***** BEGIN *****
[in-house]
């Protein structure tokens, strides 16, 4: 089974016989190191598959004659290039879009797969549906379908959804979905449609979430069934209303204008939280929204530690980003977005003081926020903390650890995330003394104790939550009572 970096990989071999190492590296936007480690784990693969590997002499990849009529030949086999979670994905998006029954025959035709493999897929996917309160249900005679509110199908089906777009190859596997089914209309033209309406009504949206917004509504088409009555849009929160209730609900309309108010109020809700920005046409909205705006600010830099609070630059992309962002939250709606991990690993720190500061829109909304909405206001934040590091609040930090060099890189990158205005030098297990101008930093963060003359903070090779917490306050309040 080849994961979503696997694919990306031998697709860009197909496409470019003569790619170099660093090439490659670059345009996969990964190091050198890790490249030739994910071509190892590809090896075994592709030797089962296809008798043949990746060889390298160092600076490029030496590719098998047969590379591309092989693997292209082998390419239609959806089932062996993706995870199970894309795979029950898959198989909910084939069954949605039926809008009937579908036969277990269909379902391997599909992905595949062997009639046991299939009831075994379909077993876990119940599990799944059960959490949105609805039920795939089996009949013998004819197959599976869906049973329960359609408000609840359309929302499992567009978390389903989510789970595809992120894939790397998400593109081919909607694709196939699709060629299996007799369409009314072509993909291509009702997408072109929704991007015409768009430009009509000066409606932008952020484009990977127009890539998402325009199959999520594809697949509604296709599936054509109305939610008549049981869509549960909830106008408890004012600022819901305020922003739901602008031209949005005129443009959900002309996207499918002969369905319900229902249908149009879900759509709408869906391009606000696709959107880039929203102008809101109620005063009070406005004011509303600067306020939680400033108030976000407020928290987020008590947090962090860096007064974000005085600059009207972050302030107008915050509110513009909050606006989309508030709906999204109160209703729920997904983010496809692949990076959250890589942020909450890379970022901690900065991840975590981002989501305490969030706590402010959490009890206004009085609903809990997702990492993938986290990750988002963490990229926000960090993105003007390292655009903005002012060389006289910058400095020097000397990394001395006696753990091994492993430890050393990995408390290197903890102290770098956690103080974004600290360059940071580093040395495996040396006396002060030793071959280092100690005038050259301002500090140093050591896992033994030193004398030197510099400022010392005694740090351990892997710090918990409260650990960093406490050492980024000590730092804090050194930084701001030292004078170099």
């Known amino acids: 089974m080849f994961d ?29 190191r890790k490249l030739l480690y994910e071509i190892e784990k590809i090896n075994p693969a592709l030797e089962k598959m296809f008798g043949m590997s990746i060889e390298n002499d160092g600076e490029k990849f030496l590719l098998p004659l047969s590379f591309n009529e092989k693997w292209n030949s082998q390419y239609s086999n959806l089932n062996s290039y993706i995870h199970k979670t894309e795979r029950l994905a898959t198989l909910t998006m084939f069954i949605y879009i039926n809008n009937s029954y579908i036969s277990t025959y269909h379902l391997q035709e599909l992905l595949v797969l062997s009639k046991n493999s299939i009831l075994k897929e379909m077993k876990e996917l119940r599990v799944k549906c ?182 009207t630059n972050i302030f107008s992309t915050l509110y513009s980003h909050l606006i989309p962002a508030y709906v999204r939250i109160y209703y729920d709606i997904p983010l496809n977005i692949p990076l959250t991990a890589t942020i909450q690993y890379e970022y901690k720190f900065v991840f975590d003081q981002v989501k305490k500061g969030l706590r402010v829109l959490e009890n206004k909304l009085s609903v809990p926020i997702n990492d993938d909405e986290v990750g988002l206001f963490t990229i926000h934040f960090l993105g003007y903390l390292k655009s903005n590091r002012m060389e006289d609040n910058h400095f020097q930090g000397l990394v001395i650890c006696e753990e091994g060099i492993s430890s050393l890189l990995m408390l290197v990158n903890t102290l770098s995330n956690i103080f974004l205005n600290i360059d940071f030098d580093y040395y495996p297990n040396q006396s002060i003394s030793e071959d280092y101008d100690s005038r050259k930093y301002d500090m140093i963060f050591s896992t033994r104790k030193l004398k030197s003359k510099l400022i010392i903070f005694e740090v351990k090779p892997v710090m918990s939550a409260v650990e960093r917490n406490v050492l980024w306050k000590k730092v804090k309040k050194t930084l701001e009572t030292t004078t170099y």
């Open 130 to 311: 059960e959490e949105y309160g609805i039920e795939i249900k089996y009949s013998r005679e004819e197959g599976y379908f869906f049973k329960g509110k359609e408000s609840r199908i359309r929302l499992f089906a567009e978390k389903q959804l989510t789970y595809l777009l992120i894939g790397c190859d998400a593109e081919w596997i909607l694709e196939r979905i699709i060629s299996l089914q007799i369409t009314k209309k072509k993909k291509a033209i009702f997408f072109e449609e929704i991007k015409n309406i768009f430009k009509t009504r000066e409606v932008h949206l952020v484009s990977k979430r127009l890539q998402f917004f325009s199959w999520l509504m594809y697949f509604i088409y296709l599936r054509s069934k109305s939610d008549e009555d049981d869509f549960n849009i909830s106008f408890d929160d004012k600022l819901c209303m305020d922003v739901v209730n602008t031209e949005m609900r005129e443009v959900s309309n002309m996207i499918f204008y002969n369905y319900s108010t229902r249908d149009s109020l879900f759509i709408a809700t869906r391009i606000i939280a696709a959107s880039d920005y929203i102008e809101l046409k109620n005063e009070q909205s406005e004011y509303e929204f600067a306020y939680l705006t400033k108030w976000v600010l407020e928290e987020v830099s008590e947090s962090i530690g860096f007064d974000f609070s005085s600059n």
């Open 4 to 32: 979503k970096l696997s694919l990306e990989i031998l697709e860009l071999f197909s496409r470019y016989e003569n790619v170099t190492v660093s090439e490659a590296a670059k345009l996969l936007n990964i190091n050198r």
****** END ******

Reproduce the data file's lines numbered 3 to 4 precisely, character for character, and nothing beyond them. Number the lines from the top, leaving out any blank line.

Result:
């Known amino acids: 089974m080849f994961d ?29 190191r890790k490249l030739l480690y994910e071509i190892e784990k590809i090896n075994p693969a592709l030797e089962k598959m296809f008798g043949m590997s990746i060889e390298n002499d160092g600076e490029k990849f030496l590719l098998p004659l047969s590379f591309n009529e092989k693997w292209n030949s082998q390419y239609s086999n959806l089932n062996s290039y993706i995870h199970k979670t894309e795979r029950l994905a898959t198989l909910t998006m084939f069954i949605y879009i039926n809008n009937s029954y579908i036969s277990t025959y269909h379902l391997q035709e599909l992905l595949v797969l062997s009639k046991n493999s299939i009831l075994k897929e379909m077993k876990e996917l119940r599990v799944k549906c ?182 009207t630059n972050i302030f107008s992309t915050l509110y513009s980003h909050l606006i989309p962002a508030y709906v999204r939250i109160y209703y729920d709606i997904p983010l496809n977005i692949p990076l959250t991990a890589t942020i909450q690993y890379e970022y901690k720190f900065v991840f975590d003081q981002v989501k305490k500061g969030l706590r402010v829109l959490e009890n206004k909304l009085s609903v809990p926020i997702n990492d993938d909405e986290v990750g988002l206001f963490t990229i926000h934040f960090l993105g003007y903390l390292k655009s903005n590091r002012m060389e006289d609040n910058h400095f020097q930090g000397l990394v001395i650890c006696e753990e091994g060099i492993s430890s050393l890189l990995m408390l290197v990158n903890t102290l770098s995330n956690i103080f974004l205005n600290i360059d940071f030098d580093y040395y495996p297990n040396q006396s002060i003394s030793e071959d280092y101008d100690s005038r050259k930093y301002d500090m140093i963060f050591s896992t033994r104790k030193l004398k030197s003359k510099l400022i010392i903070f005694e740090v351990k090779p892997v710090m918990s939550a409260v650990e960093r917490n406490v050492l980024w306050k000590k730092v804090k309040k050194t930084l701001e009572t030292t004078t170099y």
């Open 130 to 311: 059960e959490e949105y309160g609805i039920e795939i249900k089996y009949s013998r005679e004819e197959g599976y379908f869906f049973k329960g509110k359609e408000s609840r199908i359309r929302l499992f089906a567009e978390k389903q959804l989510t789970y595809l777009l992120i894939g790397c190859d998400a593109e081919w596997i909607l694709e196939r979905i699709i060629s299996l089914q007799i369409t009314k209309k072509k993909k291509a033209i009702f997408f072109e449609e929704i991007k015409n309406i768009f430009k009509t009504r000066e409606v932008h949206l952020v484009s990977k979430r127009l890539q998402f917004f325009s199959w999520l509504m594809y697949f509604i088409y296709l599936r054509s069934k109305s939610d008549e009555d049981d869509f549960n849009i909830s106008f408890d929160d004012k600022l819901c209303m305020d922003v739901v209730n602008t031209e949005m609900r005129e443009v959900s309309n002309m996207i499918f204008y002969n369905y319900s108010t229902r249908d149009s109020l879900f759509i709408a809700t869906r391009i606000i939280a696709a959107s880039d920005y929203i102008e809101l046409k109620n005063e009070q909205s406005e004011y509303e929204f600067a306020y939680l705006t400033k108030w976000v600010l407020e928290e987020v830099s008590e947090s962090i530690g860096f007064d974000f609070s005085s600059n």